Lorca based his characters on the family of Frasquita Alba Sierra, a widow from his hometown who kept her daughters in a similar state of seclusion after the death of her second husband. Ironically enough, in light of the family’s withdrawal from the outside world, it was actually dissension from within that brought their story into the open. A cousin of Lorca’s, Mercedes García Delgado, lived in the house adjacent to Frasquita’s in Fuente Vaqueros, a village in Granada where Lorca’s own father was a wealthy landowner. The two houses shared a well beneath the wall that separated the properties, and through this conduit the cousins could hear everything that was said on the other side.
Lorca began writing The House of Bernarda Alba 10 years after Frasquita’s death, although he never spoke to the daughters—five of them, just as in the play—who passed him quickly in the street with downcast or averted eyes. In July, 1936, just two months after he completed the play, soldiers of Franco’s Falangist party arrested Lorca at his summer home and took him to “visit” his murdered brother-in-law, the Socialist ex-mayor of Granada whose body had been dragged through the streets of the city. Upon arriving at his brother-in-law’s grave in the village cemetery, Lorca was beaten and shot and his body dumped in an unmarked grave—some ignoble hole unknown to this day.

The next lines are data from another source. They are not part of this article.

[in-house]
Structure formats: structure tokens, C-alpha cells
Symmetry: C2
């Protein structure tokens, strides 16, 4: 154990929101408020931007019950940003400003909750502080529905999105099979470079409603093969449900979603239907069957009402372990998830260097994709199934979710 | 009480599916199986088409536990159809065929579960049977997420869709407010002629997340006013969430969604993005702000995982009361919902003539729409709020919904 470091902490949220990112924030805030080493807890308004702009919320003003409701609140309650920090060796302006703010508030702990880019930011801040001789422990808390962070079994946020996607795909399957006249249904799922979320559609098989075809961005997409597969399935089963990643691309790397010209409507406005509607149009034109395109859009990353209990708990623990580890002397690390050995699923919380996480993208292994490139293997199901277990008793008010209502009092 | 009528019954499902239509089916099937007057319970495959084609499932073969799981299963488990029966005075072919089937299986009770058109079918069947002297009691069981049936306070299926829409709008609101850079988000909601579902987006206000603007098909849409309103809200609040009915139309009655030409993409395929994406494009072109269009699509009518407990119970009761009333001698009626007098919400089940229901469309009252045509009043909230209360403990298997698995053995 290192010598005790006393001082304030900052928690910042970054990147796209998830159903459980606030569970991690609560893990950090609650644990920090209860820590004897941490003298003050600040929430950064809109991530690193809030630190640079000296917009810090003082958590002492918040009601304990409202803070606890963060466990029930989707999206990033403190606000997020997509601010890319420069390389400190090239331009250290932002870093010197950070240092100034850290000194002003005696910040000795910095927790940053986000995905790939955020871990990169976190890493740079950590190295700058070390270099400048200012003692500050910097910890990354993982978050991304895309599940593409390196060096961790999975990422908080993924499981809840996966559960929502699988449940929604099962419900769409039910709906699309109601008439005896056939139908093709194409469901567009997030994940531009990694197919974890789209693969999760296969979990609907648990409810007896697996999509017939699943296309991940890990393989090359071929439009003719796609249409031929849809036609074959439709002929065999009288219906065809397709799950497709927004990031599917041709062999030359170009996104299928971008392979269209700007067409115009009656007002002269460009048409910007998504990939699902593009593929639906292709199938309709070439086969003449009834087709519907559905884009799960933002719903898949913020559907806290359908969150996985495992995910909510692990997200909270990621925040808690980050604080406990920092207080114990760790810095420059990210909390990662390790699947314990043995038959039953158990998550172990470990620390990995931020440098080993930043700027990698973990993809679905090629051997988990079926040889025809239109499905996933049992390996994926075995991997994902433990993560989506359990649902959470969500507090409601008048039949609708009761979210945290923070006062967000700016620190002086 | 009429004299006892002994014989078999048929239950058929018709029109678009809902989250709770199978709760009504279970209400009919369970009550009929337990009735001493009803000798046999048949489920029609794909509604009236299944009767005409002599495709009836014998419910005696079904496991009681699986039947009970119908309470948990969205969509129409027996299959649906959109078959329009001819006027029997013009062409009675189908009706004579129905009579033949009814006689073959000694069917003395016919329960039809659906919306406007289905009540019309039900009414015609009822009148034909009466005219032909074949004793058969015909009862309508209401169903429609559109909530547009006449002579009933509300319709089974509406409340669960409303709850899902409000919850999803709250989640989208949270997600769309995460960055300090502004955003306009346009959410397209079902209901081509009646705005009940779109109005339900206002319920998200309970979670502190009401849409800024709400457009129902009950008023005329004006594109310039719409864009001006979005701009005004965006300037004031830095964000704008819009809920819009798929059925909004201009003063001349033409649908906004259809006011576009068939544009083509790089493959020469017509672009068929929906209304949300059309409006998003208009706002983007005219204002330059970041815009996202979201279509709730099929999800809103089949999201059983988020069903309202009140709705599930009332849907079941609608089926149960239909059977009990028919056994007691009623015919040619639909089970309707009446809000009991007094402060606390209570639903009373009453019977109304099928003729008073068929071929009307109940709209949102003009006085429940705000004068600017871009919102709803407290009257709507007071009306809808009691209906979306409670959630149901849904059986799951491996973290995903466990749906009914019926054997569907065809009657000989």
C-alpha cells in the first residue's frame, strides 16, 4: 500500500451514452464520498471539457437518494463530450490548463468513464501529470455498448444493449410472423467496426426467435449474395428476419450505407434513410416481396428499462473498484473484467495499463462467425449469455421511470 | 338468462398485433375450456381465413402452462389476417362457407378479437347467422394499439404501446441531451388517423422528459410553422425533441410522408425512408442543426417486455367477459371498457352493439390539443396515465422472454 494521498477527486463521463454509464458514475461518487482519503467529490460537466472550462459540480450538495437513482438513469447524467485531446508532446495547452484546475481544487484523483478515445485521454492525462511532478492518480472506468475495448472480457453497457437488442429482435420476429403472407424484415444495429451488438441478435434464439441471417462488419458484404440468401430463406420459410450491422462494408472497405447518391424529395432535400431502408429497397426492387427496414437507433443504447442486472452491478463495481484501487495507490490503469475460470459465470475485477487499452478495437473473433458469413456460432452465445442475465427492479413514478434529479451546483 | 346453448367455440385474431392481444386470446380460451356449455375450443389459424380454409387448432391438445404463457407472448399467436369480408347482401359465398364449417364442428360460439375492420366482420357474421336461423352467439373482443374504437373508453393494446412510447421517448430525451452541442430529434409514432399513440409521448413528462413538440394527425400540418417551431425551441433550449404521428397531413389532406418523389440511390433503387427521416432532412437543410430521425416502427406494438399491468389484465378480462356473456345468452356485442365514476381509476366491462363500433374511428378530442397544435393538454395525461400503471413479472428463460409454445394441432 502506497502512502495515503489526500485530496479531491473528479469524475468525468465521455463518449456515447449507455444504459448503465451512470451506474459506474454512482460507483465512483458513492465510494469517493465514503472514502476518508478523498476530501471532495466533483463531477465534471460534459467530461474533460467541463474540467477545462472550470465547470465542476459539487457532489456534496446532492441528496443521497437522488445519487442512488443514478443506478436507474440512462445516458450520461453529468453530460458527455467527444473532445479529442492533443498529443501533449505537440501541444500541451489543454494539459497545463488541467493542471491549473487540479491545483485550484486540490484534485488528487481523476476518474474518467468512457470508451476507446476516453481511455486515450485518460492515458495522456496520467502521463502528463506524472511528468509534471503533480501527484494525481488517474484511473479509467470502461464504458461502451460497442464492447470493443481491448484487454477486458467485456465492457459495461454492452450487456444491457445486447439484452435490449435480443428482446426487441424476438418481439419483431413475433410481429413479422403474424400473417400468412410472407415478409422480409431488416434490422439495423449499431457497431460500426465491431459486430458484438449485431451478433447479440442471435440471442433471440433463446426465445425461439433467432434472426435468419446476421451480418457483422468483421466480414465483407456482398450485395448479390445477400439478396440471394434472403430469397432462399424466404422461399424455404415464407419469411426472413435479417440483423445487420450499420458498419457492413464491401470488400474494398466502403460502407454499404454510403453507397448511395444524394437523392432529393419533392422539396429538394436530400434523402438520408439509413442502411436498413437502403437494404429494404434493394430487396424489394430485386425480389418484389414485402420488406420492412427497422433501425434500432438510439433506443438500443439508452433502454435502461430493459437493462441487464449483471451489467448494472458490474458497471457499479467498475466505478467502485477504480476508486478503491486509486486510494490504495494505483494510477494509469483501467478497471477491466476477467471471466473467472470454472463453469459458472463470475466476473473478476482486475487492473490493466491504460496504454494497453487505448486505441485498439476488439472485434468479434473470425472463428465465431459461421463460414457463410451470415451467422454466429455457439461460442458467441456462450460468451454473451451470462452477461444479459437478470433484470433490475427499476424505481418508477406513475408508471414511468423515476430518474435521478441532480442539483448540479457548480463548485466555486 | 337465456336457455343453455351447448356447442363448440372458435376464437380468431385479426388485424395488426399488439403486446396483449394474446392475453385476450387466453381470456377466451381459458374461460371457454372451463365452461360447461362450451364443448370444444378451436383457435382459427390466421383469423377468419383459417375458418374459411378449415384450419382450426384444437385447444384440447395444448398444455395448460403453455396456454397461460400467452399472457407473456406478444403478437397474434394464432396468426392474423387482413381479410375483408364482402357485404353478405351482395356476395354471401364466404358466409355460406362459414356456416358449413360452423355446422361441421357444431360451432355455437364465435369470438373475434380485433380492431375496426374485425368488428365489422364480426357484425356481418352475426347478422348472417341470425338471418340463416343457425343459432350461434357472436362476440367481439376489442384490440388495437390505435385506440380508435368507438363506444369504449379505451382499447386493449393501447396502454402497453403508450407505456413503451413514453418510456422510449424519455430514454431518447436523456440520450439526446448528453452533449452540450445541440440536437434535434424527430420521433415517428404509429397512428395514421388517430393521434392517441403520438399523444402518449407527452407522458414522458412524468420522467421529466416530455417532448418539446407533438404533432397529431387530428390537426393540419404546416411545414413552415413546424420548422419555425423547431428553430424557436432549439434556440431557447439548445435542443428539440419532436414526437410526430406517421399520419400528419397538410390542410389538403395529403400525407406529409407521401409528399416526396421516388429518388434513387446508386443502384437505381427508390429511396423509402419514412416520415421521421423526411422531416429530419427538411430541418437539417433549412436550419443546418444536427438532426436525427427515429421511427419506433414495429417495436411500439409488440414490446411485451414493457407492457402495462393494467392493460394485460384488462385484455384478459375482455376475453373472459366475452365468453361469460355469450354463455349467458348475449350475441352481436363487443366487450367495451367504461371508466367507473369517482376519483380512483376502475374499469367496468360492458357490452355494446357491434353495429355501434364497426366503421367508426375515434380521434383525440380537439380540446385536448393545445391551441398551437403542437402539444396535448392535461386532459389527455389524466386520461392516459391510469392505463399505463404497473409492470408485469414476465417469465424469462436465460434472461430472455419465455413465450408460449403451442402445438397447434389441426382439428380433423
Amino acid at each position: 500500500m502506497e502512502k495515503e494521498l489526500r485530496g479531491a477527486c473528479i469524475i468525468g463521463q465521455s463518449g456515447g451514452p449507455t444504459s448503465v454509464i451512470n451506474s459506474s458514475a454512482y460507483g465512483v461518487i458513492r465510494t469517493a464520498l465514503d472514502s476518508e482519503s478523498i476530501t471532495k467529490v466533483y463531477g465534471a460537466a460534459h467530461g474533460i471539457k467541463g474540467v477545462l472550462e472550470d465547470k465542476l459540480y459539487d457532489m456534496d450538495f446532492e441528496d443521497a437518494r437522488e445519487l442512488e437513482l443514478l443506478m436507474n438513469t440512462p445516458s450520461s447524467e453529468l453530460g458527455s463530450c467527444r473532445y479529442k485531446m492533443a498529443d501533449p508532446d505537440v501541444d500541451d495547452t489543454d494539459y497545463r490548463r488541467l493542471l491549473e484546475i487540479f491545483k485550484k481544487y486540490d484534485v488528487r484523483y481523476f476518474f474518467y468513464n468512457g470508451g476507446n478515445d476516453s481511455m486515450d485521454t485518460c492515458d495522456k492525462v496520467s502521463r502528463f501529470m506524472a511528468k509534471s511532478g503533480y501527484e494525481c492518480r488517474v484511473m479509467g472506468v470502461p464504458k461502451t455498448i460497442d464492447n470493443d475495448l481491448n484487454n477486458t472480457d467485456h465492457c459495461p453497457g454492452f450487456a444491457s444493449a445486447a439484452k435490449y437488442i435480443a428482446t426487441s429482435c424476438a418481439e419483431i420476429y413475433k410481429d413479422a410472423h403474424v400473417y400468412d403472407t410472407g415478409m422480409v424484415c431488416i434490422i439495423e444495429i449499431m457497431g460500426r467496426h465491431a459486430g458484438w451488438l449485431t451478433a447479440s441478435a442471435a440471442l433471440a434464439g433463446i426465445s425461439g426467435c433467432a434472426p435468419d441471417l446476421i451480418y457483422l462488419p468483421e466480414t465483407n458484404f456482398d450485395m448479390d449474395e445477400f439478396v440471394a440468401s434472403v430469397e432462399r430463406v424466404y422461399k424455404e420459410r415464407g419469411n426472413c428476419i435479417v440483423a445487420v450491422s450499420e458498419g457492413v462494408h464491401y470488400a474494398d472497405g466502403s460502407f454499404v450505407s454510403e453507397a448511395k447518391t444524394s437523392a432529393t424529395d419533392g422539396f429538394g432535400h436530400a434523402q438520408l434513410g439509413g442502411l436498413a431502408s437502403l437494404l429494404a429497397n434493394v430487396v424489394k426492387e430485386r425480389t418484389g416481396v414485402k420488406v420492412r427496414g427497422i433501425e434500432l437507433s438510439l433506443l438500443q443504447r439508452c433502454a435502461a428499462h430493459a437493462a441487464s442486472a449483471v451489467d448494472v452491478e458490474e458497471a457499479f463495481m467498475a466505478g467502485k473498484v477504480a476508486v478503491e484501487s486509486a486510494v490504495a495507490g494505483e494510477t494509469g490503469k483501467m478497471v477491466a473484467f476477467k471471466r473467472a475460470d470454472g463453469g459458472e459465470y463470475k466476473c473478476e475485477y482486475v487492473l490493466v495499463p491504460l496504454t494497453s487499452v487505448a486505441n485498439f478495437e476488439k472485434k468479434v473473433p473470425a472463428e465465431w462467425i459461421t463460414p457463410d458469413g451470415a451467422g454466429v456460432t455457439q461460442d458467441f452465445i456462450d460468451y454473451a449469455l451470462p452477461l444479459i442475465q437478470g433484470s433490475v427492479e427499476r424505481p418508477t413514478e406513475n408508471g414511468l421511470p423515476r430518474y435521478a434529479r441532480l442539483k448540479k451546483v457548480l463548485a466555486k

The House of Bernarda Alba remains Lorca’s best-known play, and the cast of the UM production does a bang-up job of it. The timing is razor sharp, the acting thoroughly excellent. Sarah D’Angelo in particular is superb as the tyrannical Bernarda, flanked by strong performances from Karen Olds as Adela, the youngest daughter, and Shima as the aging and infirm Angustius. Sara Birk also does an excellent job of bringing the spite and desperation of Martirio, the long-suffering second youngest, to the fore, and Aleks Malejs deserves special mention for her performance as Poncia, the only woman in the household who can stand up to Bernarda.
One possible criticism, and not one of this production in particular but to productions of Lorca in general, is that the oaths uttered by several of his characters often defy any attempt to expel them convincingly in one breath. This is an artifact of the translation from Spanish, and as the translator’s note to my Oxford edition says, the translator of García Lorca is a tilter at windmills. Though written primarily in prose, the poetic rhythm of the dialogue seems to pick up an extra foot or two at the most inopportune moments. All told, though, the cast of Bernarda Alba manage to do it justice.
The House of Bernarda Alba runs Feb. 26 to March 2 and March 5 to 9 in the Masquer Theatre, with performances nightly at 7:30 p.m. Tickets are $11 general, $10 students and seniors, available at the box offices in the PAR/TV Building and the University Center.